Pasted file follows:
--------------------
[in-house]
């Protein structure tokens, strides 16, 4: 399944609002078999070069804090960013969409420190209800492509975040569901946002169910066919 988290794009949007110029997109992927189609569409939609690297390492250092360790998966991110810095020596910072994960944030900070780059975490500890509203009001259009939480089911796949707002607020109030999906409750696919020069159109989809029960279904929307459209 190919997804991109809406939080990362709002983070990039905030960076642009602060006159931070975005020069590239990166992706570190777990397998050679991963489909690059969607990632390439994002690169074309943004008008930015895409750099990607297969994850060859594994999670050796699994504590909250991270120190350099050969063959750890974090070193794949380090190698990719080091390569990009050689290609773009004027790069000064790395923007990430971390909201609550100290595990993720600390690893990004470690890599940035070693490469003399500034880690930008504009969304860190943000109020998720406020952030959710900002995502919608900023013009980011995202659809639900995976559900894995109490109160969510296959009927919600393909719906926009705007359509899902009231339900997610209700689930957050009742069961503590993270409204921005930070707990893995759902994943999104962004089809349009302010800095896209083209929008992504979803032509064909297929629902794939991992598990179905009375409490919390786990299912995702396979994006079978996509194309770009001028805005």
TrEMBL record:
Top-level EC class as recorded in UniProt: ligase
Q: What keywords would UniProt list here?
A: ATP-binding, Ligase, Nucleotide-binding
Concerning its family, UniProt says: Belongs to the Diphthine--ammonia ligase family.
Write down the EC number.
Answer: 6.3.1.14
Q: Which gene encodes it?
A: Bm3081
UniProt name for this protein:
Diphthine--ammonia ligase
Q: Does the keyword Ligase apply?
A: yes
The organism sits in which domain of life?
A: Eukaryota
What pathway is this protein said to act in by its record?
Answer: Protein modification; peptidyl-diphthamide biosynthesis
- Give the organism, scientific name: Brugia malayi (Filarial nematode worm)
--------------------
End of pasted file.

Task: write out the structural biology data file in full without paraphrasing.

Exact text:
[in-house]
């Protein structure tokens, strides 16, 4: 399944609002078999070069804090960013969409420190209800492509975040569901946002169910066919 988290794009949007110029997109992927189609569409939609690297390492250092360790998966991110810095020596910072994960944030900070780059975490500890509203009001259009939480089911796949707002607020109030999906409750696919020069159109989809029960279904929307459209 190919997804991109809406939080990362709002983070990039905030960076642009602060006159931070975005020069590239990166992706570190777990397998050679991963489909690059969607990632390439994002690169074309943004008008930015895409750099990607297969994850060859594994999670050796699994504590909250991270120190350099050969063959750890974090070193794949380090190698990719080091390569990009050689290609773009004027790069000064790395923007990430971390909201609550100290595990993720600390690893990004470690890599940035070693490469003399500034880690930008504009969304860190943000109020998720406020952030959710900002995502919608900023013009980011995202659809639900995976559900894995109490109160969510296959009927919600393909719906926009705007359509899902009231339900997610209700689930957050009742069961503590993270409204921005930070707990893995759902994943999104962004089809349009302010800095896209083209929008992504979803032509064909297929629902794939991992598990179905009375409490919390786990299912995702396979994006079978996509194309770009001028805005």
TrEMBL record:
Top-level EC class as recorded in UniProt: ligase
Q: What keywords would UniProt list here?
A: ATP-binding, Ligase, Nucleotide-binding
Concerning its family, UniProt says: Belongs to the Diphthine--ammonia ligase family.
Write down the EC number.
Answer: 6.3.1.14
Q: Which gene encodes it?
A: Bm3081
UniProt name for this protein:
Diphthine--ammonia ligase
Q: Does the keyword Ligase apply?
A: yes
The organism sits in which domain of life?
A: Eukaryota
What pathway is this protein said to act in by its record?
Answer: Protein modification; peptidyl-diphthamide biosynthesis
- Give the organism, scientific name: Brugia malayi (Filarial nematode worm)